MY FAVORITE LINES:
“Beauty is in the eye of the beholder and it may be necessary from time to time to give a stupid or misinformed beholder a black eye.” -Miss Piggy
*Some links may be affiliates which means I may earn a small commission when you make a purchase using them at no additional cost to you. If you choose to use them I would like to say thank you and I appreciate the support!
If you’ve ever wanted to write your own best selling craft book, this is the guide for you. Mark Montano is the #1 selling craft book author of all time and in How To Write and Publish a Best Selling Craft Book, he teaches you his process from book concept to publication. Included are instructions on how to write a book proposal specifically for a craft book and two of his personal book proposals that were picked up for publication by Simon and Schuster. Mark lets you in on all of the secrets that make his books best sellers including how to create a style that is uniquely yours, how to get a book agent or find a publisher and how to promote your book once it’s been published.
I liked how Mark Montano combined personal publishing experience, industry standards, and put a different spin on common sense tips that are specific to writing and publishing a craft book. It’s well-organized and I was able to read it in one sitting without rushing through or getting bored. I highly recommend it!
It has a conversational writing style, which I quite enjoyed because of the energy he maintains. His passions are obvious and I like that he’s willing to share them in a step-wise fashion.
There was a bit of self-promotion which was excellent to include, but I did wish it was a edited more thoroughly, especially having written a book about writing and publishing. I was semi-distracted by the use of mixed quote integration, overuse of commas, overuse of caps for emphasis, em dashes, and do I dare mention inconsistency of the Oxford comma. I’m honestly a fan of it, but there is a need to choose one or the other and stick with it.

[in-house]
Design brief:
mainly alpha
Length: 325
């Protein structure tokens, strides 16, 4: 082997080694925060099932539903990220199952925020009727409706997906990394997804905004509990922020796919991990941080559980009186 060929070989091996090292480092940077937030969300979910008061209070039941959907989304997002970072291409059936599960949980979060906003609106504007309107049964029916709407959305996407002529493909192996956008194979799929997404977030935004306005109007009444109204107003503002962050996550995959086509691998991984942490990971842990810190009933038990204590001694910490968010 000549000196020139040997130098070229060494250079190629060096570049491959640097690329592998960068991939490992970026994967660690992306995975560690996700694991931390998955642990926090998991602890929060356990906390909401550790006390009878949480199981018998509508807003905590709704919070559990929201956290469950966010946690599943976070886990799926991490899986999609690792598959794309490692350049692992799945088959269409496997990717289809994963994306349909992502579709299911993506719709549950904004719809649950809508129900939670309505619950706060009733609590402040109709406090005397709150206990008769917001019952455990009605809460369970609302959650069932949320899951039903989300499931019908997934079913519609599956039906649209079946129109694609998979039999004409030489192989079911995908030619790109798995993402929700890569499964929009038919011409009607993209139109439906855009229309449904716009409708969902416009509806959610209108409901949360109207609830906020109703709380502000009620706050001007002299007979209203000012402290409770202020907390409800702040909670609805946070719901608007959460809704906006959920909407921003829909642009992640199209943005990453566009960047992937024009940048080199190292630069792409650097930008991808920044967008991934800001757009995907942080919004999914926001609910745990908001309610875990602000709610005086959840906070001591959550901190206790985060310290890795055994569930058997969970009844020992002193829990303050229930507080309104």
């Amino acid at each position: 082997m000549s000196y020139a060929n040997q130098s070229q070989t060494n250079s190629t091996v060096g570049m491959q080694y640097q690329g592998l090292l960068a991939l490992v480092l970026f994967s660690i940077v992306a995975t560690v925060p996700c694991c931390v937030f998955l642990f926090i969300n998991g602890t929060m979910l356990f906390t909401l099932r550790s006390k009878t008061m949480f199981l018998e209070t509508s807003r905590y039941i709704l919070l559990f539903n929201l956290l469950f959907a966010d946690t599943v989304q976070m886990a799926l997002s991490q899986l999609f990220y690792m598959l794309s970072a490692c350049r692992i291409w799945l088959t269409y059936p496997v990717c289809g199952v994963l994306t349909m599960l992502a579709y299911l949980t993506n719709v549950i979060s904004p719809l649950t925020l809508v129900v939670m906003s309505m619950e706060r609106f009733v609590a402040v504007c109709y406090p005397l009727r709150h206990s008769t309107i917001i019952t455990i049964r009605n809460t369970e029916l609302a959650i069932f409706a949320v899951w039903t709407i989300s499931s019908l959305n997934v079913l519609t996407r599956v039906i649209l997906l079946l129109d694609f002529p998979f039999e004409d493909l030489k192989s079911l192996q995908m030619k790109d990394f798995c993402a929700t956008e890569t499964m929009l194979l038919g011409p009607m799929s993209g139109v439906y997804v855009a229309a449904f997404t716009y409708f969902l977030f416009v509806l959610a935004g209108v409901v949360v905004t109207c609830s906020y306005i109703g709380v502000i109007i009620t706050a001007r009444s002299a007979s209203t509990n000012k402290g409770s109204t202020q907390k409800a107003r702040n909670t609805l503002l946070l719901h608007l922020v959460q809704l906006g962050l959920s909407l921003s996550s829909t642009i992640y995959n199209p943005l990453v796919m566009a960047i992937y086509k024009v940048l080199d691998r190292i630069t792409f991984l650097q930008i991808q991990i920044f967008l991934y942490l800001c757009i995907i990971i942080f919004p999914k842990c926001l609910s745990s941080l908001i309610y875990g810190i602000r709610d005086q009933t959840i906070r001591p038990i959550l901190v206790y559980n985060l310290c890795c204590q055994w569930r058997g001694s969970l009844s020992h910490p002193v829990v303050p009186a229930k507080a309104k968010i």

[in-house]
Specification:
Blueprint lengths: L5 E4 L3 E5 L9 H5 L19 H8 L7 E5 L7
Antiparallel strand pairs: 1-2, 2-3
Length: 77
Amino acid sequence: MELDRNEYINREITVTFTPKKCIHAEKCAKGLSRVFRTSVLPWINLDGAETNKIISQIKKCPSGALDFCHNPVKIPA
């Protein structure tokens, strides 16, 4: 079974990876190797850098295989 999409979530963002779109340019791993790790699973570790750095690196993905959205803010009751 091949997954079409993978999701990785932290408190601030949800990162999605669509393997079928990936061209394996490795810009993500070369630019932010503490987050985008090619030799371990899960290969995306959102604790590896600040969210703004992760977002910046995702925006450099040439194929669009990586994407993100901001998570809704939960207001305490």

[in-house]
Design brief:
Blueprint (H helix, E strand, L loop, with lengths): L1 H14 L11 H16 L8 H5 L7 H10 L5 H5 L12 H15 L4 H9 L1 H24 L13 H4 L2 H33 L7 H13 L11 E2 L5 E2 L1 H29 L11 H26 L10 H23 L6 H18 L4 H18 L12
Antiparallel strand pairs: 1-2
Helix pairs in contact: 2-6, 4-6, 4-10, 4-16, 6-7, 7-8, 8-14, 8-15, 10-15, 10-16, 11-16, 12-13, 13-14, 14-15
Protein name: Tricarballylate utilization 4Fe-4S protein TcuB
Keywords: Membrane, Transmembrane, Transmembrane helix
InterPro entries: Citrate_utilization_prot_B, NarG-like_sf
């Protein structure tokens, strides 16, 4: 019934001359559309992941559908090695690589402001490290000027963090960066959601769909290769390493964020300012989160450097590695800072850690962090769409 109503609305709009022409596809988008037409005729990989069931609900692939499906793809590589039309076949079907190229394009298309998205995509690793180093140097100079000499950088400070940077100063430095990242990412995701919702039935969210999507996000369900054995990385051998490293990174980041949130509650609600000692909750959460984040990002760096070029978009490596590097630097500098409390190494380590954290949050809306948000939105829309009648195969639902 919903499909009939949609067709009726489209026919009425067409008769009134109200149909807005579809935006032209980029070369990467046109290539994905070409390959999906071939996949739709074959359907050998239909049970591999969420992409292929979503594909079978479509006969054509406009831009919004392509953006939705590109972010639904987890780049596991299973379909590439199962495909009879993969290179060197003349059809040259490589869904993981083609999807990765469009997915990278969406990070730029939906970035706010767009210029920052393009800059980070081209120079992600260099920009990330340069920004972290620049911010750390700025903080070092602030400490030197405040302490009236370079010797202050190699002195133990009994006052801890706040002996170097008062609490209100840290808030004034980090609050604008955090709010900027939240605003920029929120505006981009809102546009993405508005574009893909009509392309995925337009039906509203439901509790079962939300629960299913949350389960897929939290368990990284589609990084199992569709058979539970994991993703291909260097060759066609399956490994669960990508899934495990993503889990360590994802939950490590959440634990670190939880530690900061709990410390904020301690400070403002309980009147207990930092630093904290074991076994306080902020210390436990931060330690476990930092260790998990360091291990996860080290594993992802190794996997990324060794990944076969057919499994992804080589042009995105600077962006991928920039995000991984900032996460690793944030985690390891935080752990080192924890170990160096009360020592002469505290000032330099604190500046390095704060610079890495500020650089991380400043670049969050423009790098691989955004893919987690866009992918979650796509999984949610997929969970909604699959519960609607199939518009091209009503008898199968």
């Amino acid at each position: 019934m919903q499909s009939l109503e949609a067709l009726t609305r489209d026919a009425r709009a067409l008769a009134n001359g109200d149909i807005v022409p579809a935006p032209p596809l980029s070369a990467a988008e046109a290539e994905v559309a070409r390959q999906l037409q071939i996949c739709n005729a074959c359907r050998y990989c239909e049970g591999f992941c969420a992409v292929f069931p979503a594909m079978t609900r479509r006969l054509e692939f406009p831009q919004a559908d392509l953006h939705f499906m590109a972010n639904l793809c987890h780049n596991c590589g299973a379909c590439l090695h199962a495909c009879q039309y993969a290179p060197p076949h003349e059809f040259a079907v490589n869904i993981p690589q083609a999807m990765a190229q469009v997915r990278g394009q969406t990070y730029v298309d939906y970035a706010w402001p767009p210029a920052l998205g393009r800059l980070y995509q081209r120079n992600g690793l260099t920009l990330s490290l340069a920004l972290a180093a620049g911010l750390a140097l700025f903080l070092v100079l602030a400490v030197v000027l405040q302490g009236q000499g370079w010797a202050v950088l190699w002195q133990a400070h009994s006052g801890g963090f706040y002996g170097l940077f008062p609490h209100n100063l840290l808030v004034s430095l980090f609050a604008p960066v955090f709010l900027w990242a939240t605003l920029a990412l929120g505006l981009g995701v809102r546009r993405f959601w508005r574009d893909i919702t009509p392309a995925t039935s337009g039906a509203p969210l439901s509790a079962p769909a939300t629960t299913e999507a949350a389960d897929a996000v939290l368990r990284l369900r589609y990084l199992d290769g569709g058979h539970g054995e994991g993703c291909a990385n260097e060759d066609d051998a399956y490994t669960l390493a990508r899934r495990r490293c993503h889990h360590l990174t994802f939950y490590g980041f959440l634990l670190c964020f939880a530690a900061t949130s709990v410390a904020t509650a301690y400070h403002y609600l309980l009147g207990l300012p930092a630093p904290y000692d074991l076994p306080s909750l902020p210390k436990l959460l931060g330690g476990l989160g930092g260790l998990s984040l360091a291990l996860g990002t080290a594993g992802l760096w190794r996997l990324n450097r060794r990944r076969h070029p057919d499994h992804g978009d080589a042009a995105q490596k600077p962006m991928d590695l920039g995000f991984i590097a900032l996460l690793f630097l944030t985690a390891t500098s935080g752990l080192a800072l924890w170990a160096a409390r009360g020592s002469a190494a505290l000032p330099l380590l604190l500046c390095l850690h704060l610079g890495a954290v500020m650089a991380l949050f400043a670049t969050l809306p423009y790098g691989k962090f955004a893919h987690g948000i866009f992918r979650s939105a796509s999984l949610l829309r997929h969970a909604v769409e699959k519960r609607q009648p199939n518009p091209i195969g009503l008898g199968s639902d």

“Create your projects so that other people can create them, too.”
“Those steps need to be included, too!”
“The book editor can always whittle down the photos that are most important when the book is being edited.” I felt this was akin to something like the scissors can always cut the paper when they are cutting.
I enjoyed reading about the sample proposals but I wasn’t as keen on the inclusion of his own critique of competing titles in his sample proposal without more of the details I thought it needed. In my opinion, including them in this book creates a bit of a conflict of interest especially since I didn’t feel it was judged with as much scrutiny as the others. This was sort of unavoidable but it maybe it was because I didn’t like the messages they conveyed or maybe that’s just the overlying tone I interpreted them as. They were a bit ranty, negative edged, and criticized other books in the field without expressing how his ideas set him apart in a positive way. I felt this was a lost opportunity to sell his own incredible body of work which was odd because he clearly does this in all other sections of his proposal and is really good at it and has so much to offer that wasn’t highlighted like in other parts of the book.
I would really like to see a part 2 that goes into more detail about creating aesthetic appeal related to craft photography and page layout.
MY FAVORITE LINES:
“Many people have creative fear. They are afraid to jump off of the creative cliff and take the plunge and they will find many excuses not to do it. Letting them know that ‘any kind of white school glue will do’ will help them along the way.” -Mark Montano
*Some links may be affiliates which means I may earn a small commission when you make a purchase using them at no additional cost to you. If you choose to use them I would like to say thank you and I appreciate the support!